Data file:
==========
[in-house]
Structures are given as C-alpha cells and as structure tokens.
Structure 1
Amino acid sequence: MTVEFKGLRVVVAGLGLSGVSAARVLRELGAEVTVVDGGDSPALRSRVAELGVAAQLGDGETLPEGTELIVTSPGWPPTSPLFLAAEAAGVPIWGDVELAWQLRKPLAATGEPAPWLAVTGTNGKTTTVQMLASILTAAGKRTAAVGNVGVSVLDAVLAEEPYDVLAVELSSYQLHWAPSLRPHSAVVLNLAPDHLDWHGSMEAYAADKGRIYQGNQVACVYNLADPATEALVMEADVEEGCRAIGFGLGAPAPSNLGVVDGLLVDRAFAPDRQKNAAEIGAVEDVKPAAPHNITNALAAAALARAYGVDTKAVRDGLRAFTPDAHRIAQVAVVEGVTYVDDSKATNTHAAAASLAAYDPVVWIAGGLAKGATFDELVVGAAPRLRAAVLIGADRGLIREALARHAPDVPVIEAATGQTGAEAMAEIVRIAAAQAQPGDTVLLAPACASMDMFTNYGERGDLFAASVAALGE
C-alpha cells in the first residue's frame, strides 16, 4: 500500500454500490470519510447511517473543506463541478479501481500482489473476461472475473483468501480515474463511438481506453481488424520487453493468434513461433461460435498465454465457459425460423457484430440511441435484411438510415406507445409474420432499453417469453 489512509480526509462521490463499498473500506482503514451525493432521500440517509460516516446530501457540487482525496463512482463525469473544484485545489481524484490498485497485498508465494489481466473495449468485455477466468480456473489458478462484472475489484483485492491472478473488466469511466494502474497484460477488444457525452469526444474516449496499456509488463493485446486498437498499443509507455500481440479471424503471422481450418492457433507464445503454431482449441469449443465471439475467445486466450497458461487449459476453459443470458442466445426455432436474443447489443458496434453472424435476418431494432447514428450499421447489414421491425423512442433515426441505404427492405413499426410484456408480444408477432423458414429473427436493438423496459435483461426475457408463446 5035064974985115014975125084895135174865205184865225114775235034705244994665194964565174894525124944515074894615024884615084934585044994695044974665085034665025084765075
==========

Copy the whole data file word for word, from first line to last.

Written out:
[in-house]
Structures are given as C-alpha cells and as structure tokens.
Structure 1
Amino acid sequence: MTVEFKGLRVVVAGLGLSGVSAARVLRELGAEVTVVDGGDSPALRSRVAELGVAAQLGDGETLPEGTELIVTSPGWPPTSPLFLAAEAAGVPIWGDVELAWQLRKPLAATGEPAPWLAVTGTNGKTTTVQMLASILTAAGKRTAAVGNVGVSVLDAVLAEEPYDVLAVELSSYQLHWAPSLRPHSAVVLNLAPDHLDWHGSMEAYAADKGRIYQGNQVACVYNLADPATEALVMEADVEEGCRAIGFGLGAPAPSNLGVVDGLLVDRAFAPDRQKNAAEIGAVEDVKPAAPHNITNALAAAALARAYGVDTKAVRDGLRAFTPDAHRIAQVAVVEGVTYVDDSKATNTHAAAASLAAYDPVVWIAGGLAKGATFDELVVGAAPRLRAAVLIGADRGLIREALARHAPDVPVIEAATGQTGAEAMAEIVRIAAAQAQPGDTVLLAPACASMDMFTNYGERGDLFAASVAALGE
C-alpha cells in the first residue's frame, strides 16, 4: 500500500454500490470519510447511517473543506463541478479501481500482489473476461472475473483468501480515474463511438481506453481488424520487453493468434513461433461460435498465454465457459425460423457484430440511441435484411438510415406507445409474420432499453417469453 489512509480526509462521490463499498473500506482503514451525493432521500440517509460516516446530501457540487482525496463512482463525469473544484485545489481524484490498485497485498508465494489481466473495449468485455477466468480456473489458478462484472475489484483485492491472478473488466469511466494502474497484460477488444457525452469526444474516449496499456509488463493485446486498437498499443509507455500481440479471424503471422481450418492457433507464445503454431482449441469449443465471439475467445486466450497458461487449459476453459443470458442466445426455432436474443447489443458496434453472424435476418431494432447514428450499421447489414421491425423512442433515426441505404427492405413499426410484456408480444408477432423458414429473427436493438423496459435483461426475457408463446 5035064974985115014975125084895135174865205184865225114775235034705244994665194964565174894525124944515074894615024884615084934585044994695044974665085034665025084765075